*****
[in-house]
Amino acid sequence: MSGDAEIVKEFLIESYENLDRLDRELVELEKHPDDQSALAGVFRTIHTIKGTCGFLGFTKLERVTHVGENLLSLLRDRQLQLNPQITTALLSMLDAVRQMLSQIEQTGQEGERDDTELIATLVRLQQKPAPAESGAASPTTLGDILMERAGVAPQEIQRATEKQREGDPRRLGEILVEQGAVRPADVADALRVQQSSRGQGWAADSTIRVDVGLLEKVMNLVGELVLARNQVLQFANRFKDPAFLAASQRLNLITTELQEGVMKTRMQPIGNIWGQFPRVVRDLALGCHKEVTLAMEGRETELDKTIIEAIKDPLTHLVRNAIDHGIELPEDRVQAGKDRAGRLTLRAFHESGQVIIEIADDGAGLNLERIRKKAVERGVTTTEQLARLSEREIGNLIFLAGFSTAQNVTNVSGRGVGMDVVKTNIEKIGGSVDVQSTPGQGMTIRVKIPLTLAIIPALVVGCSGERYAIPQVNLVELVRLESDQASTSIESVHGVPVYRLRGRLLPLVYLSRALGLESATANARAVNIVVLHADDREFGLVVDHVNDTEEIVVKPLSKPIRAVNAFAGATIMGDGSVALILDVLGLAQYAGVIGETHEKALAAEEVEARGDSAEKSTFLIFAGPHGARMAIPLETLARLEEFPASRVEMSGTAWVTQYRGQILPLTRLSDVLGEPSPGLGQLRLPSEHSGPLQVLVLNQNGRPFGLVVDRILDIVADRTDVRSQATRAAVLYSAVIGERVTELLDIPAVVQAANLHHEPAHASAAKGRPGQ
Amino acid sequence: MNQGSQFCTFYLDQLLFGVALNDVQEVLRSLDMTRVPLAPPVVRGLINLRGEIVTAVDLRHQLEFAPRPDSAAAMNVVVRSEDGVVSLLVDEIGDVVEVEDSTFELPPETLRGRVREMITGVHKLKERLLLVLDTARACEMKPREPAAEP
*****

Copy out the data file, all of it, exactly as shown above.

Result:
[in-house]
Amino acid sequence: MSGDAEIVKEFLIESYENLDRLDRELVELEKHPDDQSALAGVFRTIHTIKGTCGFLGFTKLERVTHVGENLLSLLRDRQLQLNPQITTALLSMLDAVRQMLSQIEQTGQEGERDDTELIATLVRLQQKPAPAESGAASPTTLGDILMERAGVAPQEIQRATEKQREGDPRRLGEILVEQGAVRPADVADALRVQQSSRGQGWAADSTIRVDVGLLEKVMNLVGELVLARNQVLQFANRFKDPAFLAASQRLNLITTELQEGVMKTRMQPIGNIWGQFPRVVRDLALGCHKEVTLAMEGRETELDKTIIEAIKDPLTHLVRNAIDHGIELPEDRVQAGKDRAGRLTLRAFHESGQVIIEIADDGAGLNLERIRKKAVERGVTTTEQLARLSEREIGNLIFLAGFSTAQNVTNVSGRGVGMDVVKTNIEKIGGSVDVQSTPGQGMTIRVKIPLTLAIIPALVVGCSGERYAIPQVNLVELVRLESDQASTSIESVHGVPVYRLRGRLLPLVYLSRALGLESATANARAVNIVVLHADDREFGLVVDHVNDTEEIVVKPLSKPIRAVNAFAGATIMGDGSVALILDVLGLAQYAGVIGETHEKALAAEEVEARGDSAEKSTFLIFAGPHGARMAIPLETLARLEEFPASRVEMSGTAWVTQYRGQILPLTRLSDVLGEPSPGLGQLRLPSEHSGPLQVLVLNQNGRPFGLVVDRILDIVADRTDVRSQATRAAVLYSAVIGERVTELLDIPAVVQAANLHHEPAHASAAKGRPGQ
Amino acid sequence: MNQGSQFCTFYLDQLLFGVALNDVQEVLRSLDMTRVPLAPPVVRGLINLRGEIVTAVDLRHQLEFAPRPDSAAAMNVVVRSEDGVVSLLVDEIGDVVEVEDSTFELPPETLRGRVREMITGVHKLKERLLLVLDTARACEMKPREPAAEP